If Bordeaux wines are the equivalent of high end sports cars, Rhone wines would be closer aligned to a respectable German sedan. They’re generally more affordable, but still high quality, and just about everyone can appreciate their bright fruit and approachable, easy-drinking nature. Still people often remain in a fog when it comes to understanding what makes a Rhone wine.
Unlike wines in America, looking at the label doesn’t provide any clear hints about the exact varietal composition of a Rhone wine, but if it’s a red you can assume either Grenache or Syrah make up the majority of the blend, while Rousanne, Marsanne and Viognier usually comprise most of the white blends. Some might generalize Rhone wines as “light” but one sip of a Cornas Syrah would suggest otherwise. The truth is Rhone wines can display an intense power or elegant restraint depending on the blend and where the grapes are from.
The Côtes du Rhône Appellation d’Origine Contrôlée (AOC) is a region in southern France where the Rhone river winds through a glacial valley that’s flanked on either side by steep hills and valleys. As is often the case with French winegrowing regions, the arrangement of the AOC and its villages follows a strict set of rules and hierarchy that governs production rules and quality standards.
At the broadest level there’s north and south Rhone, and the two areas cater to different varietals thanks to a totally different climate, geography, and soil types.
The northern part of Rhone endures harsh winters and has a cooler climate thanks to the mistral wind, a cold, strong wind that plows through the area. Overall the north accounts for a very small percent of total Rhone production, but the wines made here are among the most exclusive, and expensive. Syrah is the only red varietal allowed here, although in most of the AOCs allow for a small percentage of Marsanne or Rousanne in the blend. Cornas is the exception, where any red wine must be 100% Syrah.
The south benefits from a moderate Mediterranean climate, with milder winters and warmer summers. The rugged hilly terrain offers some protection from the mistral winds, and a greater diversity of grapes to thrive. Wines made here often fall into the “left” or “right” bank categories, with the left producing bigger, fuller flavors and the right making for lighter and fruitier wines.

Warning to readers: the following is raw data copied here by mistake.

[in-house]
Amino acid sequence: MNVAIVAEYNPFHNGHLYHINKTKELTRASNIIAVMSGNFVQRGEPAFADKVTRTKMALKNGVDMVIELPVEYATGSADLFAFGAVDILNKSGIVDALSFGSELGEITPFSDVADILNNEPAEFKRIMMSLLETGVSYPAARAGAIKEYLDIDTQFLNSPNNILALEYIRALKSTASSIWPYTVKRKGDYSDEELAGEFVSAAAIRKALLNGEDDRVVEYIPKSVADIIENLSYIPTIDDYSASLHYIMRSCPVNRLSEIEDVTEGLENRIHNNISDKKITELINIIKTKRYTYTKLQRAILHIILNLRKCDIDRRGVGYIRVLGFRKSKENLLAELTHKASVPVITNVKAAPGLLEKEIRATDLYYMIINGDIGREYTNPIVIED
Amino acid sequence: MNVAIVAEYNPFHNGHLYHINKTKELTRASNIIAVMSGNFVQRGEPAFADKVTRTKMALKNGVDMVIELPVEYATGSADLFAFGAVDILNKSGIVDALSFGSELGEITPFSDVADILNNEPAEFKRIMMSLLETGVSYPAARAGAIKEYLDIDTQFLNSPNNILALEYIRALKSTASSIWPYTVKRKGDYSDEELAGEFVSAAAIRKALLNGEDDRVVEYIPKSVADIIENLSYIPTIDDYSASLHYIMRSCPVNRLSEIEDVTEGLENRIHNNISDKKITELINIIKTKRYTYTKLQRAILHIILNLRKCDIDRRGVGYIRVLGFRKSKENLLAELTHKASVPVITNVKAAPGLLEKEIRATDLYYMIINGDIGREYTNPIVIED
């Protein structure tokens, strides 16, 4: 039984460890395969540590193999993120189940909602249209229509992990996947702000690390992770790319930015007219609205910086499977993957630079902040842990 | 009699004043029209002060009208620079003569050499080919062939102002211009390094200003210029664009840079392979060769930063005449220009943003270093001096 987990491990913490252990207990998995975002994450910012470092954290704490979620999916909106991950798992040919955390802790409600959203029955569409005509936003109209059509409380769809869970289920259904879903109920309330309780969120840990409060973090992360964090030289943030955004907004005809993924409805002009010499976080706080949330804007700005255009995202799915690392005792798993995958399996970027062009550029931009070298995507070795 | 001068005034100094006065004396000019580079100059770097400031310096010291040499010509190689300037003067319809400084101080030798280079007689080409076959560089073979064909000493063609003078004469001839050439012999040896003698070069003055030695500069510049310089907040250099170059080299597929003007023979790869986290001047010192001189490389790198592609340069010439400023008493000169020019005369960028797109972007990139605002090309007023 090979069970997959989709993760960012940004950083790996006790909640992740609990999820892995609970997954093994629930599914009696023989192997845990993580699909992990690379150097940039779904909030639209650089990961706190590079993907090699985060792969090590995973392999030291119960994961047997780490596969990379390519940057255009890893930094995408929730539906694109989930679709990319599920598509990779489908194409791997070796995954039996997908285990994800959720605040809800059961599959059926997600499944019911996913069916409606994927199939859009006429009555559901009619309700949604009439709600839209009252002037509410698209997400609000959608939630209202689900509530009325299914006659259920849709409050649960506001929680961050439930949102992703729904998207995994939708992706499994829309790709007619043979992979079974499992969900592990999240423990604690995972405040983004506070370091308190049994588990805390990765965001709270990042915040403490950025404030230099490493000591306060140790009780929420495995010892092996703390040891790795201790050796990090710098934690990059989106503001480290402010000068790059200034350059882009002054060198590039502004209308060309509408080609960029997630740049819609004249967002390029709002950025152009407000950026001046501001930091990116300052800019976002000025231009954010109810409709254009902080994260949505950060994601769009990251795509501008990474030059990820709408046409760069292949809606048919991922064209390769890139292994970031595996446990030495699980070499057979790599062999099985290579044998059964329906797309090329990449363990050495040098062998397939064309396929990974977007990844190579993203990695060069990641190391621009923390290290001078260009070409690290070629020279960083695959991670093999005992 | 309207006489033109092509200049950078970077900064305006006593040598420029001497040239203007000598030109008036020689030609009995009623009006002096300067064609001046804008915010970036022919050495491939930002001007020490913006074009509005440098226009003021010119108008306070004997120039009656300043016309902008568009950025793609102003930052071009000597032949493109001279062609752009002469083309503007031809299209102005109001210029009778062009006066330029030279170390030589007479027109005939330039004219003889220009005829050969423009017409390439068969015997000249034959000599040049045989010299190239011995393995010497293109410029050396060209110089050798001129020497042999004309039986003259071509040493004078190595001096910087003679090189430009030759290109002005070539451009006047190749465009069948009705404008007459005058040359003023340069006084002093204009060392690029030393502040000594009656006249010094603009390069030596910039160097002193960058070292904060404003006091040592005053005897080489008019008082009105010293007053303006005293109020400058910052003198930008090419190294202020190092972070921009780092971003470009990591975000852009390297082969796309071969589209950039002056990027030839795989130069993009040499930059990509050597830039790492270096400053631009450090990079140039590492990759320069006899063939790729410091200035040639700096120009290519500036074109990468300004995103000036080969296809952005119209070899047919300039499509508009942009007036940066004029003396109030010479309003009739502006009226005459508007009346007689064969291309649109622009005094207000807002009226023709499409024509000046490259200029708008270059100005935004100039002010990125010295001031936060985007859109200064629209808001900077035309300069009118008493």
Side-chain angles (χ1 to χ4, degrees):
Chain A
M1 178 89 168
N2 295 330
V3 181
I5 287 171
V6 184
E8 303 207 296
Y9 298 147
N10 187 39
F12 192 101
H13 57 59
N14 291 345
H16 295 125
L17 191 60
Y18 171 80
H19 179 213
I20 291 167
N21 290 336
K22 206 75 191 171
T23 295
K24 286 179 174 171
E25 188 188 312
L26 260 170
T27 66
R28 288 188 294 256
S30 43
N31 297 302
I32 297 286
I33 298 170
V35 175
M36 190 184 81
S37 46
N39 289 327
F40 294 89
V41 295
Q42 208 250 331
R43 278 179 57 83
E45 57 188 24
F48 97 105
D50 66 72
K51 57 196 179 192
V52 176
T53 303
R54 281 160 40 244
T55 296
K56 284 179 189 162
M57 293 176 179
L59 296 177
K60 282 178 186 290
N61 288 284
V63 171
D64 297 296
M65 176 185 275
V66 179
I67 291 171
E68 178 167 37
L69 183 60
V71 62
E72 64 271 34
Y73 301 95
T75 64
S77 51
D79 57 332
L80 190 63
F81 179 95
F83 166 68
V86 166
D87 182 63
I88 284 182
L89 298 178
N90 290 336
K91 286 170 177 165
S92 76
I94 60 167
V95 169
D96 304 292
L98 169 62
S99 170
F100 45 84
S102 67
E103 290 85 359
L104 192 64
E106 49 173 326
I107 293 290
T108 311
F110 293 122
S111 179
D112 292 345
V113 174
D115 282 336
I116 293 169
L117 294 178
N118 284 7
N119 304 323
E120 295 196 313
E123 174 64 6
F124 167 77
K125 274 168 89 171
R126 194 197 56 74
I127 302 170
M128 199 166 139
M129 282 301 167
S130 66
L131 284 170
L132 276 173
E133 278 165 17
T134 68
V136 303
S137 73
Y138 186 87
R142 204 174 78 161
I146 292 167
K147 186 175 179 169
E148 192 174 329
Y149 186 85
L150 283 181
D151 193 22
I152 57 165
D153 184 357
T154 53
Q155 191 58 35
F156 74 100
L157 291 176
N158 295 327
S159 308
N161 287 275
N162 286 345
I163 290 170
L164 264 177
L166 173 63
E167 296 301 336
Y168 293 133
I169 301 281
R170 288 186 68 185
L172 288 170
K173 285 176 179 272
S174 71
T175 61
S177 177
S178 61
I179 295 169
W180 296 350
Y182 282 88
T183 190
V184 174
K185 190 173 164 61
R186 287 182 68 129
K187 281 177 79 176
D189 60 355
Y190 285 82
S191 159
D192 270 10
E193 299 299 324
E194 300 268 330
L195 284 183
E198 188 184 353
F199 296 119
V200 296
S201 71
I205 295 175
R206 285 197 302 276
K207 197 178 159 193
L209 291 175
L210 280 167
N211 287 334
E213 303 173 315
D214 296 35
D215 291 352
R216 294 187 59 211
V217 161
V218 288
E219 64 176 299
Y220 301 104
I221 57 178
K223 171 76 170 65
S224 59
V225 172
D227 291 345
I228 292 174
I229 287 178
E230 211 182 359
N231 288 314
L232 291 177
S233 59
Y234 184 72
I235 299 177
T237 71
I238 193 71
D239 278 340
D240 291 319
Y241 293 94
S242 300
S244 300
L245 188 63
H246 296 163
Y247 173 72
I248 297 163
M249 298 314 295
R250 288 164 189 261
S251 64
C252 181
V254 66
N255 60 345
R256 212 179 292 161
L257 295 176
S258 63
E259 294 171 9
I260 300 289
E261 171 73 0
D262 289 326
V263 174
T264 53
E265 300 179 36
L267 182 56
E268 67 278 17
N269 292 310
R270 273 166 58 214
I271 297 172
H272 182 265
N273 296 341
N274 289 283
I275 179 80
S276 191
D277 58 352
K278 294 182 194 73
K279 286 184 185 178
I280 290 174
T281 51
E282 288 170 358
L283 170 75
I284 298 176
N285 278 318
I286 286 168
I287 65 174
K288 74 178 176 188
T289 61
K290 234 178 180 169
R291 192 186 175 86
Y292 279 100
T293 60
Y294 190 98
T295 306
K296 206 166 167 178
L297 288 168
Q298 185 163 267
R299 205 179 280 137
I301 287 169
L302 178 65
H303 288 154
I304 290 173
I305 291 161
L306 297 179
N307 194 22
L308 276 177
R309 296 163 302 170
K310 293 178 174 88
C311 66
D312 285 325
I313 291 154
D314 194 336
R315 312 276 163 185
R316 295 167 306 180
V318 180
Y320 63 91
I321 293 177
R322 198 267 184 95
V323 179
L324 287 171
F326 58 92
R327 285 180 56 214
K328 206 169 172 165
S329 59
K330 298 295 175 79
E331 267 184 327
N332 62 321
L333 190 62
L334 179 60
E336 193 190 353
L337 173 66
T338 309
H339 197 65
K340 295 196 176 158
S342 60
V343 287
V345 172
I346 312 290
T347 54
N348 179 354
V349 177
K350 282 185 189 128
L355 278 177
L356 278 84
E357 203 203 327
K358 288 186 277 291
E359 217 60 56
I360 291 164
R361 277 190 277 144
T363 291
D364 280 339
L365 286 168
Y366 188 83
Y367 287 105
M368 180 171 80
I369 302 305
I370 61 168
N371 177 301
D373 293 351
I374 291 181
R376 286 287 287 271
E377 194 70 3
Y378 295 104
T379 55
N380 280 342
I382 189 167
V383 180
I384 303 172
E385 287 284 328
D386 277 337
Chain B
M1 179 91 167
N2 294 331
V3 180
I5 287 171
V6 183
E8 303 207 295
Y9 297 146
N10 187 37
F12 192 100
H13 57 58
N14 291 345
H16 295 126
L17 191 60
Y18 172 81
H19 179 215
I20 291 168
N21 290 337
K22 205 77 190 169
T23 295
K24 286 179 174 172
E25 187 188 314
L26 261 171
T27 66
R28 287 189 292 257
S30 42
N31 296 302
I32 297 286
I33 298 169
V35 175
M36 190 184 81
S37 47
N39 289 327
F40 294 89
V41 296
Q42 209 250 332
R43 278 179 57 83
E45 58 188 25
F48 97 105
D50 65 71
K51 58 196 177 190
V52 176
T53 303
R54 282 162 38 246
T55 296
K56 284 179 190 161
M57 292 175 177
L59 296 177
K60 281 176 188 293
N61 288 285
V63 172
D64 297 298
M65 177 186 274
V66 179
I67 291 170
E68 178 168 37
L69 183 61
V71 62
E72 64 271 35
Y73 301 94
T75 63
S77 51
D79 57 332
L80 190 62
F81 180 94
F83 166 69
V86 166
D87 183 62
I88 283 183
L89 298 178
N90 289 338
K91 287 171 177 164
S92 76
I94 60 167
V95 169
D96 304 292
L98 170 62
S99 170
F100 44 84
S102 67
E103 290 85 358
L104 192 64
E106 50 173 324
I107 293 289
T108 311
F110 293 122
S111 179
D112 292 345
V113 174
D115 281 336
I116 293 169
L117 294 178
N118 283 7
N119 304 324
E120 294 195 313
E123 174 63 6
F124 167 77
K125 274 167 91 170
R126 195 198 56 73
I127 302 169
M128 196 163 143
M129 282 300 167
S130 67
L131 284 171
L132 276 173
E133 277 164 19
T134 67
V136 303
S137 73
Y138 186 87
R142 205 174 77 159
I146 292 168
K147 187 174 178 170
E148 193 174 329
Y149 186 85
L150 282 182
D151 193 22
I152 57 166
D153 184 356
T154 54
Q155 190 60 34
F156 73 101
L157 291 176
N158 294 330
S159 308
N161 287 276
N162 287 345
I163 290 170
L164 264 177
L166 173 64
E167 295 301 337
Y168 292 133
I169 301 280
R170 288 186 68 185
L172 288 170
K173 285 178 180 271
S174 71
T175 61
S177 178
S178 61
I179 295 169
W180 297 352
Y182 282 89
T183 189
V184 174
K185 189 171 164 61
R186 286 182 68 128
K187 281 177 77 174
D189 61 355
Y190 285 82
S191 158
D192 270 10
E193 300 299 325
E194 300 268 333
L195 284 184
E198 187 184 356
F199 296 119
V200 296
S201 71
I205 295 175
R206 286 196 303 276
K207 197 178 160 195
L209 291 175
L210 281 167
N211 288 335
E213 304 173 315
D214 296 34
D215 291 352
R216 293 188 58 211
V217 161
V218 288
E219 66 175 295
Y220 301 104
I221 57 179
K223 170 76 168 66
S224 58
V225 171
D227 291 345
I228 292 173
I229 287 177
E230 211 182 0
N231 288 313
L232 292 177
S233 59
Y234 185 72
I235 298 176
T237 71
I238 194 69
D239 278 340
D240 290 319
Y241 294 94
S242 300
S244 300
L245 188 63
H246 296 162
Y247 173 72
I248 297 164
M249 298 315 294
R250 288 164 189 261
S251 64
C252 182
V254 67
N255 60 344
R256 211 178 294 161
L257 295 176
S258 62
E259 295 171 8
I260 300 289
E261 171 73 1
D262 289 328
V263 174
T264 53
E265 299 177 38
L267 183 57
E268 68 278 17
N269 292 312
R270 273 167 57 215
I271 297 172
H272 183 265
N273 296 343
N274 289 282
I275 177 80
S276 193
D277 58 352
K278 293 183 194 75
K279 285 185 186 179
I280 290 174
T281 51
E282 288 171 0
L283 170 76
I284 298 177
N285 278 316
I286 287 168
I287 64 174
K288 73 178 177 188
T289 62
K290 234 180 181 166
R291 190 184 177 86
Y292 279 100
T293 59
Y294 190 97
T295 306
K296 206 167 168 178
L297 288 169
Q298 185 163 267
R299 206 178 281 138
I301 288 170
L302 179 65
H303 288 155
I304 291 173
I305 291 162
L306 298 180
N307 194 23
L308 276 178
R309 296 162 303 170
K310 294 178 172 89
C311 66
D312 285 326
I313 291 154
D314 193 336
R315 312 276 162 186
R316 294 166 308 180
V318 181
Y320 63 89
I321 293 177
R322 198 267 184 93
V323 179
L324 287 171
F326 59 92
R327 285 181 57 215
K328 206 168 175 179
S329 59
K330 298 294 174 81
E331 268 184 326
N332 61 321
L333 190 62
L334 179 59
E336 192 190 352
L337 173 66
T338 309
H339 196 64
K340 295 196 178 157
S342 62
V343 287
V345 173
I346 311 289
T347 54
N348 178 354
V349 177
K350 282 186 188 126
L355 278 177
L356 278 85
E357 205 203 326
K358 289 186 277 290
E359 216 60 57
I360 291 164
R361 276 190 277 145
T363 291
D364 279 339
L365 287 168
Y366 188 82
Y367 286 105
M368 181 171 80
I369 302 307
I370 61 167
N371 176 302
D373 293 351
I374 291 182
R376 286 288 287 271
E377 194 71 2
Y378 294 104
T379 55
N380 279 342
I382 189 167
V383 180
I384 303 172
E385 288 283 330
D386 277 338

Like all French wines, anything produced in Rhone must fit into the AOC’s rules about quality and varietal content. There are four basic levels of Rhone wines to know.
Côtes du Rhône AOC
At the basic level you have the Côtes du Rhône AOC, which accounts for around 50% of Rhone wines, mostly red blends made with Grenache and Syrah but also some white blends. The rules governing production at this level are a bit less restrictive, and allow for any of the 21 Rhone grape varieties to be used and alcohol must be above 11%.
Côtes du Rhône Villages AOC
The next level “Villages” represents a higher quality wine made from lower yielding vines. These wines are generally higher in alcohol and offer some aging potential.
Côtes du Rhône (named) Villages AOC
If the label includes a name appended to it, it comes from one of 16 designated villages in Cotes du Rhone. These wines must be at least 12.5% alcohol, and are generally considered a little higher quality than a regular villages.
The most coveted of all Rhone wines level is marked by premier regions that have been deemed to show the best expression of terroir. Of all these areas, Côte-Rôtie, Châteauneuf-du-Pape, Cornas, and Crozes-Hermitage are among the most recognized among critics, and wines from these areas often fetch much higher prices.
Châteuneuf-du-Pape is among the most popular AOCs in the southern part, and produces one of the most widely celebrated Rhone wines. While every AOC regulations governing which Rhone grape varieties are “main” “supplemental” or “accessory”, producers in Châteuneuf-du-Pape may use a much broader range of 13 varietals in their blends, though Grenache must still be the dominant grape.
One of the smallest regions and most restrictive in terms of production is also home to some of the biggest wines. Syrah is the grape of choice here, and it’s the only varietal grown and produced here. Cornas wines traditionally spend a long time aging in barrel, and are known for their aging potential, something that’s often necessary to give them time to soften.
Literally translated as “roasted slope” this AOC has extremely steep hills and produces extravagent Syrah-based wines with intense flavor and aromatics. These are some of the most expensive and coveted of all Rhone wines.
California’s “Rhone Rangers”
If you’re looking for a stateside fix for your Rhone varietals, you’re in luck. A non-profit organization mostly comprised of winemakers in CA producers called the “Rhone Rangers” have made it their mission to promote American Rhone varietal wines. At the epicenter of this explosion in Rhone style wines is Tablas Creek, a Paso Robles winery that imported all sorts of clones from Château de Beaucastel, and then built a nursery to encourage the proliferation of Rhone varietals in the states.
Over the past decade Paso Robles has continued to become a dominant force in producing great New World style Rhone wines. You can learn more at http://www.rhonerangers.org
Feature photo via Flickr
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